Changes for the new year

The Star Malaysia - Star2 - - Motoring -

HEAD­ING into the third week of the new year, the one thing Malaysians can count on is that 2019 will be an in­ter­est­ing one for the au­to­mo­tive in­dus­try.

Fol­low­ing the change in gov­ern­ment last year, a new trans­port min­is­ter was ap­pointed, and he was quick to voice his con­cerns and im­ple­ment changes on ex­ist­ing poli­cies.

One such change made by Trans­port Min­is­ter Loke Siew Fook dur­ing his first few weeks in charge was stop­ping non­govern­men­tal or­gan­i­sa­tions (NGOs) from sell­ing spe­cial ve­hi­cle plate num­bers as it does not ben­e­fit the Gov­ern­ment.

“A suc­cess­ful NGO would only have to pay the Gov­ern­ment RM1mil to get the plates, but the re­sale value could be roughly RM20mil per plate. That it­self is a huge loss of rev­enue to the Gov­ern­ment,” said Loke in an in­ter­view with The Star.

He has since taken his stand on mul­ti­ple is­sues un­der his purview such as the is­sue of un­changed Takata airbags, un­paid sum­monses by pri­vate and com­mer­cial ve­hi­cle own­ers, stricter mon­i­tor­ing for emer­gency lane abusers, ride­hail­ing apps and the state of the coun­try’s pub­lic trans­port.

Fairer for all

The big­gest news came at the very start of 2019, with the Gov­ern­ment mov­ing to once again set petrol prices based on a weekly float model. For ob­vi­ous rea­sons, mo­torists will be di­rectly af­fected, but the rip­ple ef­fect ex­tends to ev­ery con­sumer prod­uct one way or an­other, thus con­cern­ing all Malaysians.

The new prices for RON 97, RON 95 petrol and diesel are to be an­nounced ev­ery Fri­day and will take ef­fect on Satur­days. As has been the case through­out the years, we can ex­pect long queues at all petrol sta­tions when­ever a higher petrol price is an­nounced.

While some mo­torists may cry in­con­ve­nience at not hav­ing a stan­dard pric­ing model, the re­vised weekly float sys­tem is the best op­tion, es­pe­cially for con­sumers, as it is re­flec­tive of global oil prices. Fur­ther­more, the Gov­ern­ment has pledged that should oil prices rise higher than ex­pected, the prices for RON 95 and diesel will be capped at RM2.20 and RM2.18 per litre re­spec­tively.

The news of a float model comes as a bit­ter pill to swal­low for the Petrol Deal­ers As­so­ci­a­tion of Malaysia (PDAM) as it re­sults in its mem­bers los­ing money should oil prices go down. Oil com­pa­nies cur­rently have the up­per hand as they can wait un­til oil prices rise be­fore de­liv­er­ing fresh sup­ply, ham­per­ing the profit mar­gins for pri­vately owned petrol sta­tions that hold an av­er­age of three to five days’ worth of fuel in their re­spec­tive tanks.

PDAM is al­ready in talks with some oil com­pa­nies to help man­age the profit mar­gin is­sue faced by re­tail­ers, but the re­view of petrol deal­ers’ mar­gin by the Gov­ern­ment is the most log­i­cal and pos­i­tive step for the time be­ing.

Flying the flag

Af­ter los­ing out to Pero­dua in terms of mar­ket shares for many years, Pro­ton is aim­ing to bounce back with its first-ever SUV – the X70.

This is the first col­lab­o­ra­tive ve­hi­cle to be re­leased by Pro­ton since Zhe­jiang Geely inked a 49.9% stake in the com­pany, and it is rea­son­able for Pro­ton to have such high hopes for the new ve­hi­cle as the SUV seg­ment has ex­pe­ri­enced con­tin­u­ous growth in re­cent years.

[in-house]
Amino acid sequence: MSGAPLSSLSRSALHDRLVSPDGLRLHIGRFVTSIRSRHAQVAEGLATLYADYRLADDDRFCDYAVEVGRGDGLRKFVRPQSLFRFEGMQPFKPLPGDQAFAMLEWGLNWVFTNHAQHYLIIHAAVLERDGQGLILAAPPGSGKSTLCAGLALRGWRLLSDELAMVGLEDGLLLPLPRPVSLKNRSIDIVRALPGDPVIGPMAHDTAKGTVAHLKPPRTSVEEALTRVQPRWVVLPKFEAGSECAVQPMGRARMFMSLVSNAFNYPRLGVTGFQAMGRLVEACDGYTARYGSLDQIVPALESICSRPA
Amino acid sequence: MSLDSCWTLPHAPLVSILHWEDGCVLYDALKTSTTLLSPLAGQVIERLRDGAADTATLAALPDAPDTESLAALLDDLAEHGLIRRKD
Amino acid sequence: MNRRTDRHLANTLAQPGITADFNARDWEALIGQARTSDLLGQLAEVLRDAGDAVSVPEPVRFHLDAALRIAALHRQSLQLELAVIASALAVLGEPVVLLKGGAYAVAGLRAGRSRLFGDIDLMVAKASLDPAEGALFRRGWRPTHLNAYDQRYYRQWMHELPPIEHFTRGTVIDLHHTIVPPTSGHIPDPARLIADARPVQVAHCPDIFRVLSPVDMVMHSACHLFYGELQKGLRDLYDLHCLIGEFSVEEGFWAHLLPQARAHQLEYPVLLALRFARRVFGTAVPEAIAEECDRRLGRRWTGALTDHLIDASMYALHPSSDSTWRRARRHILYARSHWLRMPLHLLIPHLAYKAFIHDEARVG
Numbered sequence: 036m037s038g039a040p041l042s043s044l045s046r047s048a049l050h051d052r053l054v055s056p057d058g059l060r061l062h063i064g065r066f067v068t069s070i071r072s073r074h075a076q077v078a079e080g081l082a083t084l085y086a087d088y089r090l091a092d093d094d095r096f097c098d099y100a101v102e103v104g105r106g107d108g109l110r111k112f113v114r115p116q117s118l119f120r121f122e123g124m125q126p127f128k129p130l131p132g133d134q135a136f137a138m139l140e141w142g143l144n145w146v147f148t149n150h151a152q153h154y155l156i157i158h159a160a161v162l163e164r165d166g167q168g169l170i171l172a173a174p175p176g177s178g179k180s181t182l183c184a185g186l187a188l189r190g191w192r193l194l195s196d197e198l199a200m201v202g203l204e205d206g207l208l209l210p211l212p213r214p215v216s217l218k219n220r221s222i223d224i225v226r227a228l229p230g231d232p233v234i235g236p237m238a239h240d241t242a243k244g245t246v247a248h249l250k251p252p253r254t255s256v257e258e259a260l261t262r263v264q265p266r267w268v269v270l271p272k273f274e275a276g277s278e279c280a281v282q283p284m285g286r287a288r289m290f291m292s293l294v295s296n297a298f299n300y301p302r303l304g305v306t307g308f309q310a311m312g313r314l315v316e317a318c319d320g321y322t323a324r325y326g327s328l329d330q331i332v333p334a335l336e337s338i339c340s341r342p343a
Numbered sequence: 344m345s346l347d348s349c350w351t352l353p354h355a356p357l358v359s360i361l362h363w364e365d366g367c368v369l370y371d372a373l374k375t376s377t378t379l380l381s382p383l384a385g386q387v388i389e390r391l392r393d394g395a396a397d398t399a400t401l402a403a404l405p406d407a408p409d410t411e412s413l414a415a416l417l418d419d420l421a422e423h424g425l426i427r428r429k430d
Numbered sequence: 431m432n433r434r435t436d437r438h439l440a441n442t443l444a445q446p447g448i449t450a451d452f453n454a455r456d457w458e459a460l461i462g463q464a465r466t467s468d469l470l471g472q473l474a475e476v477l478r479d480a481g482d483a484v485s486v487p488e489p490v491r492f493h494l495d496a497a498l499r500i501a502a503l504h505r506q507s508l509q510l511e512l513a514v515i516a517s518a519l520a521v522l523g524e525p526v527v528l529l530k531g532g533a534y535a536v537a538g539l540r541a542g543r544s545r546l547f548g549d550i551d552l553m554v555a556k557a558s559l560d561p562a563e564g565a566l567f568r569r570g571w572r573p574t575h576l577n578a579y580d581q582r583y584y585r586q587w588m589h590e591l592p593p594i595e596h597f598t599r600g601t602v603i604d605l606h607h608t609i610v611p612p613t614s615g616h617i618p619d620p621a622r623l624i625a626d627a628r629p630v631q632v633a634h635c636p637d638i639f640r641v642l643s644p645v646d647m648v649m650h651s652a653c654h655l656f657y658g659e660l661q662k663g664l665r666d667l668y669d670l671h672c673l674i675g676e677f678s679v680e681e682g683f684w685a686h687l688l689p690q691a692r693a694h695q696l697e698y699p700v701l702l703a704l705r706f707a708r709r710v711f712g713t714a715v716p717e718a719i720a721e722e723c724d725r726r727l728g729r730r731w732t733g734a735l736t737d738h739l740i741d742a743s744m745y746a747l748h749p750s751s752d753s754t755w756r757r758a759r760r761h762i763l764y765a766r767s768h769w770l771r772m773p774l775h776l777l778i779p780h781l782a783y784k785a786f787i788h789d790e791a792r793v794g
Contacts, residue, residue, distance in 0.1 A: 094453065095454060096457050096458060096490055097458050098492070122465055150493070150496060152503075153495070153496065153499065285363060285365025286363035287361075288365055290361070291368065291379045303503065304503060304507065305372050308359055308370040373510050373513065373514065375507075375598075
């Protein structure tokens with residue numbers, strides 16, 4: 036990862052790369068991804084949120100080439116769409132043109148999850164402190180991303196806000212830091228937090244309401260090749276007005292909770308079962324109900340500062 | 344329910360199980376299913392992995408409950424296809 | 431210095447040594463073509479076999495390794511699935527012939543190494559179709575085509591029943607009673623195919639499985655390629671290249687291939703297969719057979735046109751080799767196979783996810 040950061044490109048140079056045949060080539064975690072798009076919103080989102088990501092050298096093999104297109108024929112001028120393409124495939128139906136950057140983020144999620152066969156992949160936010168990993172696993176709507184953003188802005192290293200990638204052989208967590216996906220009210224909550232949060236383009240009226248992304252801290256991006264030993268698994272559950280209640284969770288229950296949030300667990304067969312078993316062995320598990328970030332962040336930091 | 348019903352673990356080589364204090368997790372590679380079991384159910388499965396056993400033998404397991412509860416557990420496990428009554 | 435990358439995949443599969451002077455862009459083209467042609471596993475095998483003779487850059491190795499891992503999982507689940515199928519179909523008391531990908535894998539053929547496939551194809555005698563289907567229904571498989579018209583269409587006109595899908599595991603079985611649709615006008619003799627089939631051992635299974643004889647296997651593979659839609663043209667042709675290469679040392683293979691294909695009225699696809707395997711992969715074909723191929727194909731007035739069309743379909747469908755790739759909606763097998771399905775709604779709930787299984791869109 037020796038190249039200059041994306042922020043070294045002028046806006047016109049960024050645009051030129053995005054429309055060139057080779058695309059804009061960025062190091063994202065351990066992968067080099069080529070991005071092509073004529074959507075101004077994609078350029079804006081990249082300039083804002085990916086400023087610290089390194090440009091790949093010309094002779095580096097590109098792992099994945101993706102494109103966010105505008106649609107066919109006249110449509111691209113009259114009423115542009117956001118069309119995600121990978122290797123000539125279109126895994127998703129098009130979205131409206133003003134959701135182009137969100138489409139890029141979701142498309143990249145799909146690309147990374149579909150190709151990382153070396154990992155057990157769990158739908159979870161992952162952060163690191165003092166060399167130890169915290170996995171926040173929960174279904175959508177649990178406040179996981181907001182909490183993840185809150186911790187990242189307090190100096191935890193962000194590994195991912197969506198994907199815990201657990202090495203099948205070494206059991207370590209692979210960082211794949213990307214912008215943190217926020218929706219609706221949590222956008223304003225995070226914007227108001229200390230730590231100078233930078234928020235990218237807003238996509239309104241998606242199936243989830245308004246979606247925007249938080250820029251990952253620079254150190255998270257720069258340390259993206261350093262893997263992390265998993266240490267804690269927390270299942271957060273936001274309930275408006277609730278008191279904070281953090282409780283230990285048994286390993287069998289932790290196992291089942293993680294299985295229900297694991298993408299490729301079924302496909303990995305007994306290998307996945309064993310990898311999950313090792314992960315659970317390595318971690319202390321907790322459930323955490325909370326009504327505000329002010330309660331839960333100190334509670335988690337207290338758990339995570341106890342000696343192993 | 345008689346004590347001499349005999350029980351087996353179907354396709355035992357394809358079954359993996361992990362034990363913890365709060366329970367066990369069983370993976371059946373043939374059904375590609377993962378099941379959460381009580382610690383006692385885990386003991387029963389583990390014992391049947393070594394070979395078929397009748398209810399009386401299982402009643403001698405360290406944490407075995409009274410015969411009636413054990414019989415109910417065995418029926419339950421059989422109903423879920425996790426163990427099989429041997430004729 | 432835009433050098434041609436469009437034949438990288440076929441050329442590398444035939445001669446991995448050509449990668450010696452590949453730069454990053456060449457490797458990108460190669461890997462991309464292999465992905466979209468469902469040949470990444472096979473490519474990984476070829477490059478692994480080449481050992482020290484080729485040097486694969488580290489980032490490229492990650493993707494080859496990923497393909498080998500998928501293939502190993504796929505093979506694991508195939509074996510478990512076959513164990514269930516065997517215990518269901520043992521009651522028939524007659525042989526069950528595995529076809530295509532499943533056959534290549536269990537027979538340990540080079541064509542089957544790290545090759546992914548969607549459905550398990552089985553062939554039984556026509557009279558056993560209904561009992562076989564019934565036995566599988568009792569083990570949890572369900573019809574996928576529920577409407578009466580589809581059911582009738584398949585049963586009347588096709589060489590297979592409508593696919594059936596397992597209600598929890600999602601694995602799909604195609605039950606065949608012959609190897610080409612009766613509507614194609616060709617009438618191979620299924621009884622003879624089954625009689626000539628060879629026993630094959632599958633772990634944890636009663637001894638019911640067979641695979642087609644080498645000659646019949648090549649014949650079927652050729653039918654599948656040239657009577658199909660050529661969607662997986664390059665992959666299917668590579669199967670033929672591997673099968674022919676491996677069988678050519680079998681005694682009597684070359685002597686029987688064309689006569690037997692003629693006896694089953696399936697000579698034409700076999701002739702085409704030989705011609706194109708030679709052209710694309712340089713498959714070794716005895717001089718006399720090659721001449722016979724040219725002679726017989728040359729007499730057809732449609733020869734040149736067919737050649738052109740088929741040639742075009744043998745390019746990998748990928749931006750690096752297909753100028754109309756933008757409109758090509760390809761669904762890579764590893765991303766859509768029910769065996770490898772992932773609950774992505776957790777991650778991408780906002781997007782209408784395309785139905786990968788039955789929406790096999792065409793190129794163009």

The mar­ket for SUVs is still sub­stan­tially smaller than the one for pas­sen­ger cars but Pro­ton has been wise to fo­cus on im­prov­ing con­sumer per­cep­tion and win back cus­tomer con­fi­dence.

Do­ing so suc­cess­fully will, in turn, boost sales for its range of pas­sen­ger cars – the na­tional au­tomaker’s bread and but­ter. There have al­ready been more than 15,000 book­ings for the X70 since last Septem­ber, which is an en­cour­ag­ing num­ber for a ve­hi­cle that was of­fi­cially launched only a month ago.

For now, the X70 may be pro­duced en­tirely in China and im­ported into Malaysia as fully built-up units, but it is a good start.

Pero­dua will also have its own SUV of­fer­ing in the Aruz. Hav­ing dom­i­nated the lo­cal mar­ket with the high­est num­ber of ve­hi­cles sold in 2016 and 2017 (the fi­nal fig­ure for 2018 has not yet been re­leased), the com­pany will be keen to en­sure it main­tains its top spot.

The Aruz is po­si­tioned as a bud­get or com­pact seven-seat SUV and should not find any di­rect com­pe­ti­tion from the X70, which has higher specs and power out­put.

Only teasers have been re­leased by Pero­dua thus far, but the com­pany has seen promis­ing signs upon open­ing for book­ing with 300 book­ings af­ter the first day. With such high num­bers from both na­tional man­u­fac­tur­ers, we can ex­pect the num­ber of SUVs to dou­ble or even triple on the road by year end.

More op­tions for Malaysians

If the re­cently con­cluded Kuala Lumpur In­ter­na­tional Mo­tor Show is any­thing to go by, the au­to­mo­tive in­dus­try for 2019 should re­main pos­i­tive de­spite slower eco­nomic growth.

Top mar­ques were seen at the show, dis­play­ing sev­eral new mod­els that will make their de­but this year. These in­cluded work­horses such as the Ford Ranger Rap­tor and up­dated Mit­subishi Tri­ton, sedans such as the new Toy­ota Camry and Vios, and SUVs from DS Au­to­mo­biles and Hyundai. New mo­tor­bikes, elec­tric cars and com­mer­cial ve­hi­cles were also present at the show.

It is safe to as­sume that these com­pa­nies would not have in­vested so much into the show if they did not be­lieve in the lo­cal au­to­mo­tive mar­ket. Thus, 2019 cer­tainly holds prom­ise and is a year that car buy­ers and mo­torists can look for­ward to.

Malaysians will soon see an in­flux of SUVs on the road with the lat­est of­fer­ings by both na­tional car mak­ers.

The first thing mo­torists will have to get used to this year is the newly rein­tro­duced weekly float model for fuel.

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